Longitudinal two-photon imaging in somatosensory cortex of behaving mice reveals dendritic spine formation enhancement by subchronic administration of low-dose ketamine

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Pryazhnikov , E , Mugantseva , E , Casarotto , P , Kolikova , J , Fred , S M , Toptunov , D , Afzalov , R , Hotulainen , P , Voikar , V , Terry-Lorenzo , R , Engel , S , Kirov , S , Castren , E & Khiroug , L 2018 , ' Longitudinal two-photon imaging in somatosensory cortex of behaving mice reveals dendritic spine formation enhancement by subchronic administration of low-dose ketamine ' , Scientific Reports , vol. 8 , 6464 . https://doi.org/10.1038/s41598-018-24933-8

Title: Longitudinal two-photon imaging in somatosensory cortex of behaving mice reveals dendritic spine formation enhancement by subchronic administration of low-dose ketamine
Author: Pryazhnikov, Evgeny; Mugantseva, Ekaterina; Casarotto, Plinio; Kolikova, Julia; Fred, Senem Merve; Toptunov, Dmytro; Afzalov, Ramil; Hotulainen, Pirta; Voikar, Vootele; Terry-Lorenzo, Ryan; Engel, Sharon; Kirov, Sergei; Castren, Eero; Khiroug, Leonard
Contributor organization: Neuroscience Center
Helsinki In Vivo Animal Imaging Platform (HAIP)
Eero Castren / Principal Investigator
Date: 2018-04-24
Language: eng
Number of pages: 12
Belongs to series: Scientific Reports
ISSN: 2045-2322
DOI: https://doi.org/10.1038/s41598-018-24933-8
URI: http://hdl.handle.net/10138/299100
Abstract: Ketamine, a well-known anesthetic, has recently attracted renewed attention as a fast-acting antidepressant. A single dose of ketamine induces rapid synaptogenesis, which may underlie its antidepressant effect. To test whether repeated exposure to ketamine triggers sustained synaptogenesis, we administered a sub-anesthetic dose of ketamine (10 mg/kg i.p.) once-daily for 5 days, and repeatedly imaged dendritic spines of the YFP-expressing pyramidal neurons in somatosensory cortex of awake female mice using in vivo two-photon microscopy. We found that the spine formation rate became significantly higher at 72-132 h after the first ketamine injection (but not at 6-24 h), while the rate of elimination of pre-existing spines remained unchanged. In contrast to the net gain of spines observed in ketamine-treated mice, the vehicle-injected control mice exhibited a net loss typical for young-adult animals undergoing synapse pruning. Ketamine-induced spinogenesis was correlated with increased PSD-95 and phosphorylated actin, consistent with formation of new synapses. Moreover, structural synaptic plasticity caused by ketamine was paralleled by a significant improvement in the nest building behavioral assay. Taken together, our data show that subchronic low-dose ketamine induces a sustained shift towards spine formation.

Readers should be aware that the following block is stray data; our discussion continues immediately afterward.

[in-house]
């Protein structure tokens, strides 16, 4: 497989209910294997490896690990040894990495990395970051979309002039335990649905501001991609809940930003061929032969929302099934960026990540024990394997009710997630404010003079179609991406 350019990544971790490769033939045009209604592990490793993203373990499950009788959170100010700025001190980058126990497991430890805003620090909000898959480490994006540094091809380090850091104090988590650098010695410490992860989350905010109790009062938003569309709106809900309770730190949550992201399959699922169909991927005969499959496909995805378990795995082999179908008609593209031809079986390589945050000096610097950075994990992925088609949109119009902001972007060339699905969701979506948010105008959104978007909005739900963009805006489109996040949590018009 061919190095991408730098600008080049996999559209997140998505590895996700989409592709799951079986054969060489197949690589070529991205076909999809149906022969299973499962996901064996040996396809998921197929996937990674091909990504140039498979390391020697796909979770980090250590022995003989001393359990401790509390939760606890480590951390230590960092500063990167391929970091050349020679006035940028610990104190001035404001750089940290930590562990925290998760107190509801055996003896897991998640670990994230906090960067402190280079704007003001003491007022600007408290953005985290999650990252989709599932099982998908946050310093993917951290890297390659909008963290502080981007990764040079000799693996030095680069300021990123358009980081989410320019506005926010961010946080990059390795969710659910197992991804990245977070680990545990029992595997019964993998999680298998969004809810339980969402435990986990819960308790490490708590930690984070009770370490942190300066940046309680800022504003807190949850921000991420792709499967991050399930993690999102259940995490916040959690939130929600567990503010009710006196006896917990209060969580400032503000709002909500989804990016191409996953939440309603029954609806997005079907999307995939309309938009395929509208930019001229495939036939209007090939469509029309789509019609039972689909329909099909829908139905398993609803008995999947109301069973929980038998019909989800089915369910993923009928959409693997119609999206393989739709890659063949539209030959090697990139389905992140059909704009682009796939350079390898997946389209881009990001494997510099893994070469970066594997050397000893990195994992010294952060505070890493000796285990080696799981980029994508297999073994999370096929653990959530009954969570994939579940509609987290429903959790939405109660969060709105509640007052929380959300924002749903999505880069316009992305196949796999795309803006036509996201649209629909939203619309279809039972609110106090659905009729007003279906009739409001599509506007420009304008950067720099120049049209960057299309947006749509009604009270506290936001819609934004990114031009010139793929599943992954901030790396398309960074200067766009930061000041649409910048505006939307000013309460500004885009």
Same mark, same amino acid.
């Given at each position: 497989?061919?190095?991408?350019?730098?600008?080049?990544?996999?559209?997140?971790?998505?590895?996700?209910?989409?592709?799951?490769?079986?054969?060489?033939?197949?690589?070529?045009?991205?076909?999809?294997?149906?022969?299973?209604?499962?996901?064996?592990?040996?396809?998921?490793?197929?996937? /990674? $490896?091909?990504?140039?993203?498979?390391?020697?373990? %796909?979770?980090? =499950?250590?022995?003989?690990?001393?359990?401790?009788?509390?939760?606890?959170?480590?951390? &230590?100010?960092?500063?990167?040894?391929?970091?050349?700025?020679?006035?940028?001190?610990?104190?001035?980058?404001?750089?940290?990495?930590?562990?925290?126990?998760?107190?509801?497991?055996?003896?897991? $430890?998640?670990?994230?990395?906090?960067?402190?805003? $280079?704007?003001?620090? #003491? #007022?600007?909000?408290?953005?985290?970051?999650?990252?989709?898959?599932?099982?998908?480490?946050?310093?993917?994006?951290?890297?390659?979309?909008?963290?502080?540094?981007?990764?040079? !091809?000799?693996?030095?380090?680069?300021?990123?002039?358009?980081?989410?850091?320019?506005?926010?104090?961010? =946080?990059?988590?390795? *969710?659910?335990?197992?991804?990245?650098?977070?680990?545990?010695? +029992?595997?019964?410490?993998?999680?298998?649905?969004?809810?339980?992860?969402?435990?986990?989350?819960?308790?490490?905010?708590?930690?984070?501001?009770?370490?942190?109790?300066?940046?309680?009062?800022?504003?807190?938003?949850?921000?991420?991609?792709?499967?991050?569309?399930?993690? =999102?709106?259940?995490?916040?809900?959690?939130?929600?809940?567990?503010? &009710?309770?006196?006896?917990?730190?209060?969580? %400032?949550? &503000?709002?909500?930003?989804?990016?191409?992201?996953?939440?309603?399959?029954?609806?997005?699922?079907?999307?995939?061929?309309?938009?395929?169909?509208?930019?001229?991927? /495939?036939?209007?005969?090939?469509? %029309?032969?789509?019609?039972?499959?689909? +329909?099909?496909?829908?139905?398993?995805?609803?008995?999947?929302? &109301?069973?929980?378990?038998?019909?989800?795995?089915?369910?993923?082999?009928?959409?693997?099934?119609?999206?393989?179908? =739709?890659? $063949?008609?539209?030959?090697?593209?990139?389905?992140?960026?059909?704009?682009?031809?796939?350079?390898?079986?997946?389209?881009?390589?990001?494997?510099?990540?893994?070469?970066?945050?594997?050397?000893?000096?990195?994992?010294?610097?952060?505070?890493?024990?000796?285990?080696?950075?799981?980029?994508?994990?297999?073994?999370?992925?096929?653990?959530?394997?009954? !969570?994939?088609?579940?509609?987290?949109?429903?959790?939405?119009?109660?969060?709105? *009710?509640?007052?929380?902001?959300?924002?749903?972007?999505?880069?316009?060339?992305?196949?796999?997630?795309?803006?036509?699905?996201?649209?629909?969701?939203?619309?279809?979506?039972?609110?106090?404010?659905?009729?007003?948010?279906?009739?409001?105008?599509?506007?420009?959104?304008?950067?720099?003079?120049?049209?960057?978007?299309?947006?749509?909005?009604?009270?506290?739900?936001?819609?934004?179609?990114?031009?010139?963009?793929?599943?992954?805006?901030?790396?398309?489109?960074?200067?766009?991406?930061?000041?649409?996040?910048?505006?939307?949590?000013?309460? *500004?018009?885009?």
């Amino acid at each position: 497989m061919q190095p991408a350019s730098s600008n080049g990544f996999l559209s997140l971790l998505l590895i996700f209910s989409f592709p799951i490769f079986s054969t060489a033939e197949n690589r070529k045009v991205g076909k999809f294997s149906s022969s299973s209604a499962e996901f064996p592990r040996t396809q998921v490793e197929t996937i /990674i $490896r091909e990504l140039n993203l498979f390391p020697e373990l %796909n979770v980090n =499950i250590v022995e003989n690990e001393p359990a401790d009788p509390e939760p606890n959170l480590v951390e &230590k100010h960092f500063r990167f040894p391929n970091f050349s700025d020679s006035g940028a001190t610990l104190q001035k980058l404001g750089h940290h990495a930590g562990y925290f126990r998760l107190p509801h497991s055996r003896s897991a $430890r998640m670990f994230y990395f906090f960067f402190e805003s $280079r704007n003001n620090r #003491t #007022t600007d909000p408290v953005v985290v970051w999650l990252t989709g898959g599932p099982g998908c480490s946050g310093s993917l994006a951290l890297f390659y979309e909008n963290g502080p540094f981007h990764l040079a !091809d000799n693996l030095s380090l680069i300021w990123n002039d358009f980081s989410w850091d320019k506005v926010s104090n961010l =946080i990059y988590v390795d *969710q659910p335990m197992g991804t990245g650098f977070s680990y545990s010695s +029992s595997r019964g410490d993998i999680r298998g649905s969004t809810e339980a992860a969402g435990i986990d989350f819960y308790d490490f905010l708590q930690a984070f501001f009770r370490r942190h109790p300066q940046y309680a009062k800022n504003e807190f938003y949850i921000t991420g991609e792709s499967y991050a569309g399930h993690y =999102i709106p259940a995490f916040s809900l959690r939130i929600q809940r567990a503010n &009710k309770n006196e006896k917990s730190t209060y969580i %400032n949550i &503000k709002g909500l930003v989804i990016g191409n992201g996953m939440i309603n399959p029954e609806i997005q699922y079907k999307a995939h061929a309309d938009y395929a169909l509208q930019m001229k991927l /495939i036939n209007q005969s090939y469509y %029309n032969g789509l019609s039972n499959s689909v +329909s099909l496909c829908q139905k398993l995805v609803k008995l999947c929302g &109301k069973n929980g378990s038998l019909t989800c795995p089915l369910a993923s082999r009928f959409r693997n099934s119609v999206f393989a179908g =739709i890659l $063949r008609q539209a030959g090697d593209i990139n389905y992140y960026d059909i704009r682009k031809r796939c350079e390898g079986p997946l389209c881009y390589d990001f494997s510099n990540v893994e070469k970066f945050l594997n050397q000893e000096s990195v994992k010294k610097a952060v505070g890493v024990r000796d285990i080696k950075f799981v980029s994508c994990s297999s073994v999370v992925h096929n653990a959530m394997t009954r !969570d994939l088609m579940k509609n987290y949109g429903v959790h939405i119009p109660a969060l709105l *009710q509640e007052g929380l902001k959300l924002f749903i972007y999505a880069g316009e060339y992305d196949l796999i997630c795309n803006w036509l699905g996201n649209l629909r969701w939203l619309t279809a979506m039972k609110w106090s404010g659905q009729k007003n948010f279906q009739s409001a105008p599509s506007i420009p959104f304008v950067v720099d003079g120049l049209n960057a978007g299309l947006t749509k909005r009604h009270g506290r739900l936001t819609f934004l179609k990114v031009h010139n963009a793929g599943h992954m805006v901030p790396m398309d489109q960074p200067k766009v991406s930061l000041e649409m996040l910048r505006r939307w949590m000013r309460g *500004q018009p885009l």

Subject: RESISTANT MAJOR DEPRESSION
SYNAPSE FORMATION
IN-VIVO
RECEPTORS
MATURATION
PHENCYCLIDINE
METABOLITES
PLASTICITY
BRAIN
3112 Neurosciences
Peer reviewed: Yes
Rights: cc_by
Usage restriction: openAccess
Self-archived version: publishedVersion


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